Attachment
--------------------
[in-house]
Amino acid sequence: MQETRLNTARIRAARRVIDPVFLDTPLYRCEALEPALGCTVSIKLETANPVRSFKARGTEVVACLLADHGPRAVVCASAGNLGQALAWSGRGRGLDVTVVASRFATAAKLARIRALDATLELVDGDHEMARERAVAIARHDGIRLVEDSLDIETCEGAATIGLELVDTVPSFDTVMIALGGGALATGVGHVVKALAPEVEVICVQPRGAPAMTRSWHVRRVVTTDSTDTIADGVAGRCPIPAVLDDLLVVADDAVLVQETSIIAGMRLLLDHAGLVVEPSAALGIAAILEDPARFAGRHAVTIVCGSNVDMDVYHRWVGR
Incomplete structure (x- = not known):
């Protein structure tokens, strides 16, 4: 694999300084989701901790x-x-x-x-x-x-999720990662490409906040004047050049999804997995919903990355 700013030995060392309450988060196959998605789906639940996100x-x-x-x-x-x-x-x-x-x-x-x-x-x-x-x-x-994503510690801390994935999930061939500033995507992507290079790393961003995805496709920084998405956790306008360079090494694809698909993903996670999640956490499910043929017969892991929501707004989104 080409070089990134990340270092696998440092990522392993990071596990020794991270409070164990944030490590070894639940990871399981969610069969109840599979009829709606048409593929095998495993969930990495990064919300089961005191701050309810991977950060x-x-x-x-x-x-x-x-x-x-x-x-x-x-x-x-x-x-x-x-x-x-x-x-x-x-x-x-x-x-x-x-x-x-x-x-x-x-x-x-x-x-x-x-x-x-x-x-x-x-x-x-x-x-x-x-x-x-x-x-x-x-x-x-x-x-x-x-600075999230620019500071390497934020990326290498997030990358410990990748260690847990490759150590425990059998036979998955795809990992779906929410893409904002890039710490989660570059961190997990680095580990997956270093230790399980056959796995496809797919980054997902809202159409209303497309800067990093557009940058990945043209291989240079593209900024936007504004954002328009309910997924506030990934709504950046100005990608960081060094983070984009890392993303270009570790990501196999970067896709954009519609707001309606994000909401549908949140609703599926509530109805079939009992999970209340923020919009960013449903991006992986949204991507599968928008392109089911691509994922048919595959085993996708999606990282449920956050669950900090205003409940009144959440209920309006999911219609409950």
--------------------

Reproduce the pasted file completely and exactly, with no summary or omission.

[in-house]
Amino acid sequence: MQETRLNTARIRAARRVIDPVFLDTPLYRCEALEPALGCTVSIKLETANPVRSFKARGTEVVACLLADHGPRAVVCASAGNLGQALAWSGRGRGLDVTVVASRFATAAKLARIRALDATLELVDGDHEMARERAVAIARHDGIRLVEDSLDIETCEGAATIGLELVDTVPSFDTVMIALGGGALATGVGHVVKALAPEVEVICVQPRGAPAMTRSWHVRRVVTTDSTDTIADGVAGRCPIPAVLDDLLVVADDAVLVQETSIIAGMRLLLDHAGLVVEPSAALGIAAILEDPARFAGRHAVTIVCGSNVDMDVYHRWVGR
Incomplete structure (x- = not known):
């Protein structure tokens, strides 16, 4: 694999300084989701901790x-x-x-x-x-x-999720990662490409906040004047050049999804997995919903990355 700013030995060392309450988060196959998605789906639940996100x-x-x-x-x-x-x-x-x-x-x-x-x-x-x-x-x-994503510690801390994935999930061939500033995507992507290079790393961003995805496709920084998405956790306008360079090494694809698909993903996670999640956490499910043929017969892991929501707004989104 080409070089990134990340270092696998440092990522392993990071596990020794991270409070164990944030490590070894639940990871399981969610069969109840599979009829709606048409593929095998495993969930990495990064919300089961005191701050309810991977950060x-x-x-x-x-x-x-x-x-x-x-x-x-x-x-x-x-x-x-x-x-x-x-x-x-x-x-x-x-x-x-x-x-x-x-x-x-x-x-x-x-x-x-x-x-x-x-x-x-x-x-x-x-x-x-x-x-x-x-x-x-x-x-x-x-x-x-x-600075999230620019500071390497934020990326290498997030990358410990990748260690847990490759150590425990059998036979998955795809990992779906929410893409904002890039710490989660570059961190997990680095580990997956270093230790399980056959796995496809797919980054997902809202159409209303497309800067990093557009940058990945043209291989240079593209900024936007504004954002328009309910997924506030990934709504950046100005990608960081060094983070984009890392993303270009570790990501196999970067896709954009519609707001309606994000909401549908949140609703599926509530109805079939009992999970209340923020919009960013449903991006992986949204991507599968928008392109089911691509994922048919595959085993996708999606990282449920956050669950900090205003409940009144959440209920309006999911219609409950």